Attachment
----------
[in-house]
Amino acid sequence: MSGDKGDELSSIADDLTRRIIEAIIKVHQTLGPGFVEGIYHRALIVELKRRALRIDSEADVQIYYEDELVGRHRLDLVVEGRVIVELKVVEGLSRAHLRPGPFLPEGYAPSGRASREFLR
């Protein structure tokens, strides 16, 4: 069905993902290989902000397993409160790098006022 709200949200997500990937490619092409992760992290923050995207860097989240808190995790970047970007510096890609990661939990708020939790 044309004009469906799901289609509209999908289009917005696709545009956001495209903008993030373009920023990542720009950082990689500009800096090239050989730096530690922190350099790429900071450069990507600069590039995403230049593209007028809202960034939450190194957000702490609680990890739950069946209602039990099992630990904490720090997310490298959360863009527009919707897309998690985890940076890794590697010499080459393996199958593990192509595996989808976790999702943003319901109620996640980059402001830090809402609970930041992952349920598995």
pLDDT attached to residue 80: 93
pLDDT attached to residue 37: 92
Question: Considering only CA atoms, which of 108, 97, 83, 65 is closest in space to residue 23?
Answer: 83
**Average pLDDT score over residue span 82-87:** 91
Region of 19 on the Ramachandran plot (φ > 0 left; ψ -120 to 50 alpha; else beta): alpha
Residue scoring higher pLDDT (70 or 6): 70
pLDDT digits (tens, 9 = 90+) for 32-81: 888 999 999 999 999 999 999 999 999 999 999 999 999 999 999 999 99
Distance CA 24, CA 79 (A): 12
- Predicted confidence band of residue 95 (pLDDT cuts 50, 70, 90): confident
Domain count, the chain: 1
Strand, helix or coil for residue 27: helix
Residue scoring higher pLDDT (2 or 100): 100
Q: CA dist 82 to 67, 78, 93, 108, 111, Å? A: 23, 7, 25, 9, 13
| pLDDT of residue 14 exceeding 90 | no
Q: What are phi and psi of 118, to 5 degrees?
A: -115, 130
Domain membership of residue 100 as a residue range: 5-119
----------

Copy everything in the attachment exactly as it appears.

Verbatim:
[in-house]
Amino acid sequence: MSGDKGDELSSIADDLTRRIIEAIIKVHQTLGPGFVEGIYHRALIVELKRRALRIDSEADVQIYYEDELVGRHRLDLVVEGRVIVELKVVEGLSRAHLRPGPFLPEGYAPSGRASREFLR
């Protein structure tokens, strides 16, 4: 069905993902290989902000397993409160790098006022 709200949200997500990937490619092409992760992290923050995207860097989240808190995790970047970007510096890609990661939990708020939790 044309004009469906799901289609509209999908289009917005696709545009956001495209903008993030373009920023990542720009950082990689500009800096090239050989730096530690922190350099790429900071450069990507600069590039995403230049593209007028809202960034939450190194957000702490609680990890739950069946209602039990099992630990904490720090997310490298959360863009527009919707897309998690985890940076890794590697010499080459393996199958593990192509595996989808976790999702943003319901109620996640980059402001830090809402609970930041992952349920598995």
pLDDT attached to residue 80: 93
pLDDT attached to residue 37: 92
Question: Considering only CA atoms, which of 108, 97, 83, 65 is closest in space to residue 23?
Answer: 83
**Average pLDDT score over residue span 82-87:** 91
Region of 19 on the Ramachandran plot (φ > 0 left; ψ -120 to 50 alpha; else beta): alpha
Residue scoring higher pLDDT (70 or 6): 70
pLDDT digits (tens, 9 = 90+) for 32-81: 888 999 999 999 999 999 999 999 999 999 999 999 999 999 999 999 99
Distance CA 24, CA 79 (A): 12
- Predicted confidence band of residue 95 (pLDDT cuts 50, 70, 90): confident
Domain count, the chain: 1
Strand, helix or coil for residue 27: helix
Residue scoring higher pLDDT (2 or 100): 100
Q: CA dist 82 to 67, 78, 93, 108, 111, Å? A: 23, 7, 25, 9, 13
| pLDDT of residue 14 exceeding 90 | no
Q: What are phi and psi of 118, to 5 degrees?
A: -115, 130
Domain membership of residue 100 as a residue range: 5-119